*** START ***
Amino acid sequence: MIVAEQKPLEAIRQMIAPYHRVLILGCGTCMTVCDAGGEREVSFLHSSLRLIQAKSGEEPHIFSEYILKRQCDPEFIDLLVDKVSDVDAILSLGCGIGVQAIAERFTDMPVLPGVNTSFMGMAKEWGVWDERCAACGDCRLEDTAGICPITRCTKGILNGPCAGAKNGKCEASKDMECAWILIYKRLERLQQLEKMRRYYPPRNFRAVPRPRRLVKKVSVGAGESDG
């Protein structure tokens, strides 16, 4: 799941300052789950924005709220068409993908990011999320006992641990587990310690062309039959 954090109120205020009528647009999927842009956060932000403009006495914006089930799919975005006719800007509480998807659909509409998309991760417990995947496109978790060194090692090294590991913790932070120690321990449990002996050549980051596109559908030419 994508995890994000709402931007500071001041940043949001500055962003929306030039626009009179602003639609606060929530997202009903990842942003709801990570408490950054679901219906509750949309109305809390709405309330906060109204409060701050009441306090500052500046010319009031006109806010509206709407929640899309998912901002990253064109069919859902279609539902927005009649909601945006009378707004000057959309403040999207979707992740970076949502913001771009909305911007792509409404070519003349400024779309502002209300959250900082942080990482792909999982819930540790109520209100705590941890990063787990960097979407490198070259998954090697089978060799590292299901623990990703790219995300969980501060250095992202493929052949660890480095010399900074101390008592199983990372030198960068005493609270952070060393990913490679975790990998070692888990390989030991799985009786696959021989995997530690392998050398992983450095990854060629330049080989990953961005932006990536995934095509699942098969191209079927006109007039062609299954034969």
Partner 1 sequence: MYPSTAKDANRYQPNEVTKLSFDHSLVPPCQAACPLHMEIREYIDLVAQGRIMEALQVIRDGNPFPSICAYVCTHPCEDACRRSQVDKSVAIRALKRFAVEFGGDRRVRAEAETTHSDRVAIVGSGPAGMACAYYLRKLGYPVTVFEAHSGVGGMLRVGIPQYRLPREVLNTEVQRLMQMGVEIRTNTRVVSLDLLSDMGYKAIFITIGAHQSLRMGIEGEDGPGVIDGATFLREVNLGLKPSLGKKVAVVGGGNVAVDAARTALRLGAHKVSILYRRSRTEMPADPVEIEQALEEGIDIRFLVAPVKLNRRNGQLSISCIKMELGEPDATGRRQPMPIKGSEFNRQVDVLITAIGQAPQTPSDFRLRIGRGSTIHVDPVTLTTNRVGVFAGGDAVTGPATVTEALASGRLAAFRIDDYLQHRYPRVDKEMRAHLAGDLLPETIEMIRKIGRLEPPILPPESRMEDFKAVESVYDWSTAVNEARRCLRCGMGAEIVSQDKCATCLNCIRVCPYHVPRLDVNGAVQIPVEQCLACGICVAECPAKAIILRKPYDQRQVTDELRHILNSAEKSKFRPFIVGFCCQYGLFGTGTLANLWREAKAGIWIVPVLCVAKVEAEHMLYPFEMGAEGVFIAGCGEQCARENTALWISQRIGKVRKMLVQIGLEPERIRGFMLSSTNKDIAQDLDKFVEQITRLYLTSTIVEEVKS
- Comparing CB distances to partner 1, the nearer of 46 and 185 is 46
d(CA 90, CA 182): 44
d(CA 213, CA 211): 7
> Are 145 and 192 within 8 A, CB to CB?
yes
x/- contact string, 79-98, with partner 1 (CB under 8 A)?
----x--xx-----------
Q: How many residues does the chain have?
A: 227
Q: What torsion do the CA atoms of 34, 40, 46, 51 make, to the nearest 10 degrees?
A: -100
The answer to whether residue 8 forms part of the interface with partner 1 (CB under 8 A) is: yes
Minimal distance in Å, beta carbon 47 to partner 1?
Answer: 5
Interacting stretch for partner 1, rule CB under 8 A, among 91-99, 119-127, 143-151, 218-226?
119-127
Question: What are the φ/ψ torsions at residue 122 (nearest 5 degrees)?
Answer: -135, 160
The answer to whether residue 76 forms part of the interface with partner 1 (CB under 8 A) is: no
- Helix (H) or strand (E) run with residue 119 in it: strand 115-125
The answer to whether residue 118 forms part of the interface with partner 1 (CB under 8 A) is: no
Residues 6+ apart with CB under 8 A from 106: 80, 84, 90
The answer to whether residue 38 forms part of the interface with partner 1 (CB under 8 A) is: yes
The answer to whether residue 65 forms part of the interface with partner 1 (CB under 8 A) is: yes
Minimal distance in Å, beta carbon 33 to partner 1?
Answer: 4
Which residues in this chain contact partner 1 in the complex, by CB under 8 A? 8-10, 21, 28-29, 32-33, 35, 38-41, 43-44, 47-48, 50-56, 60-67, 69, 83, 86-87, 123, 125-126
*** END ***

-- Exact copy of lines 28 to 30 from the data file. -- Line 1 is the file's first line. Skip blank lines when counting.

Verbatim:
Minimal distance in Å, beta carbon 33 to partner 1?
Answer: 4
Which residues in this chain contact partner 1 in the complex, by CB under 8 A? 8-10, 21, 28-29, 32-33, 35, 38-41, 43-44, 47-48, 50-56, 60-67, 69, 83, 86-87, 123, 125-126